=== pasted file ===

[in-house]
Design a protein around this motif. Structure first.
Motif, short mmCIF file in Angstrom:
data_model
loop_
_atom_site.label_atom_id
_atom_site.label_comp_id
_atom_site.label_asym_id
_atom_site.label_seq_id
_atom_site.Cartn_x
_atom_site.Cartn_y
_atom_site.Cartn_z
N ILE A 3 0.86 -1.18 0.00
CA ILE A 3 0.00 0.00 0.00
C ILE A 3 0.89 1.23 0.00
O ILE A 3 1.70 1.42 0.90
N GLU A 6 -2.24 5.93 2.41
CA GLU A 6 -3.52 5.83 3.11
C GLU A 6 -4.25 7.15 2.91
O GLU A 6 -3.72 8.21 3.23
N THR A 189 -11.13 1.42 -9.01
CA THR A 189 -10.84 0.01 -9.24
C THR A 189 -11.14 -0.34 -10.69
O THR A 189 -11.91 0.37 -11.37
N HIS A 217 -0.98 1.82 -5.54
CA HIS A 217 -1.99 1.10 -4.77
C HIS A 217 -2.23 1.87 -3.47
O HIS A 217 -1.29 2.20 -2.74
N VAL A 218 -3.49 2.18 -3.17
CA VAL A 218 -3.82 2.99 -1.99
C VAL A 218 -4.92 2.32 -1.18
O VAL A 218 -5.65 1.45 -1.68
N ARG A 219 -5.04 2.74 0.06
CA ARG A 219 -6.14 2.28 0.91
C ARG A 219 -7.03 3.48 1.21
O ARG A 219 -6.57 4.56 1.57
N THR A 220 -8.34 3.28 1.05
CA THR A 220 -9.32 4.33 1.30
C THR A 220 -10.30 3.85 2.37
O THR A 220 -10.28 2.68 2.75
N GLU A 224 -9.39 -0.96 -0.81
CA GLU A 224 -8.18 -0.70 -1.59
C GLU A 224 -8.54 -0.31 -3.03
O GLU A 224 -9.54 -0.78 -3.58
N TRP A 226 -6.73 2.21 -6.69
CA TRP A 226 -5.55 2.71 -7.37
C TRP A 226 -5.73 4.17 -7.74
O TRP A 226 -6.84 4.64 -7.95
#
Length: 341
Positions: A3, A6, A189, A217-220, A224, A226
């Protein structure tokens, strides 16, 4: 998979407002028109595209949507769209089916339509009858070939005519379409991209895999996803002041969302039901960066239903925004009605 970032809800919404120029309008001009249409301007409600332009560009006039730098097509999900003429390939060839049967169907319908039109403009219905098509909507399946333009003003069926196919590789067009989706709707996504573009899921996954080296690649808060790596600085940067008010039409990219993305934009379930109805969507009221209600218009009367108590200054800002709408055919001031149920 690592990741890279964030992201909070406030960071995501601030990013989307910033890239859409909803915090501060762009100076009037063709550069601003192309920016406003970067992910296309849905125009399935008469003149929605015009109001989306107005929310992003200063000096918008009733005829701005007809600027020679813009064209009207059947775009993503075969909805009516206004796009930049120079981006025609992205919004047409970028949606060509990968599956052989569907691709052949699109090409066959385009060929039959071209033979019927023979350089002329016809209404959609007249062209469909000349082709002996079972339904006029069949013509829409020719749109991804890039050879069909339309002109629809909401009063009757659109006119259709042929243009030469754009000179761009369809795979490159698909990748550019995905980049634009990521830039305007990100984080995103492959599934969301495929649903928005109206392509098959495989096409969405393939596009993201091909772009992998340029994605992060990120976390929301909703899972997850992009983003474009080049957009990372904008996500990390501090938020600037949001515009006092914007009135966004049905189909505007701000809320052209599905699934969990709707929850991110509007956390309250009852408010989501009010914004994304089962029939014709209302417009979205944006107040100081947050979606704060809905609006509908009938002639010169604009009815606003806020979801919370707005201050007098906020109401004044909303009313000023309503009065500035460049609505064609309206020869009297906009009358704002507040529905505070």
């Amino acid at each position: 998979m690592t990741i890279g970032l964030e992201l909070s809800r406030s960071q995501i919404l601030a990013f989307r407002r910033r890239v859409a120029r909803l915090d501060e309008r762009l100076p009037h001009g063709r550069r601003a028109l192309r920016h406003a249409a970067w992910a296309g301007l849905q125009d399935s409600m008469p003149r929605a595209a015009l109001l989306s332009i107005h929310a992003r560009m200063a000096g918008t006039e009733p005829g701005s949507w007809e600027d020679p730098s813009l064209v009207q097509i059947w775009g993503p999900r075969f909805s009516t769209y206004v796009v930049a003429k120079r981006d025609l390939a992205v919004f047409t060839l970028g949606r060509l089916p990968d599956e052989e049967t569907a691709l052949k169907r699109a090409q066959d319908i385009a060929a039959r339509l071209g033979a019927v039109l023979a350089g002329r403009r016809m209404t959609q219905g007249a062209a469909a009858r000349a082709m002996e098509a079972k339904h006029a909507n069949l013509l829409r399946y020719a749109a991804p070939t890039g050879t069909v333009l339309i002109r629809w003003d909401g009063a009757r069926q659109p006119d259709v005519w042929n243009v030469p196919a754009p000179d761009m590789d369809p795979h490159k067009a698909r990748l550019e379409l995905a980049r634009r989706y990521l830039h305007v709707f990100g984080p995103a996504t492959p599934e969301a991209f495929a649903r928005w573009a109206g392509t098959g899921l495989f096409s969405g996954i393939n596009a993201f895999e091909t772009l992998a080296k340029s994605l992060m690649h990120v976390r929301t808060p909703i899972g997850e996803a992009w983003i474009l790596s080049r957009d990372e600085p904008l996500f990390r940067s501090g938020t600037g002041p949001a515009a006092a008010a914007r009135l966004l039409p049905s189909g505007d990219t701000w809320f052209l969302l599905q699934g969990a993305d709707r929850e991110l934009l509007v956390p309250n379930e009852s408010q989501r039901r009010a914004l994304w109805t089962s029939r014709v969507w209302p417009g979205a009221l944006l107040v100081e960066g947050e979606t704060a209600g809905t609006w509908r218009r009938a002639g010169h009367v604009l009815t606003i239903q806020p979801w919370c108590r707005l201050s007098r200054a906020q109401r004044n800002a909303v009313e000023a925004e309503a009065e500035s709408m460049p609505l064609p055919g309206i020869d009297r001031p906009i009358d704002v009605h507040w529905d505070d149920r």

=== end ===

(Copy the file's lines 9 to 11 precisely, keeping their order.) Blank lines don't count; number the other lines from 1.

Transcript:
_atom_site.label_seq_id
_atom_site.Cartn_x
_atom_site.Cartn_y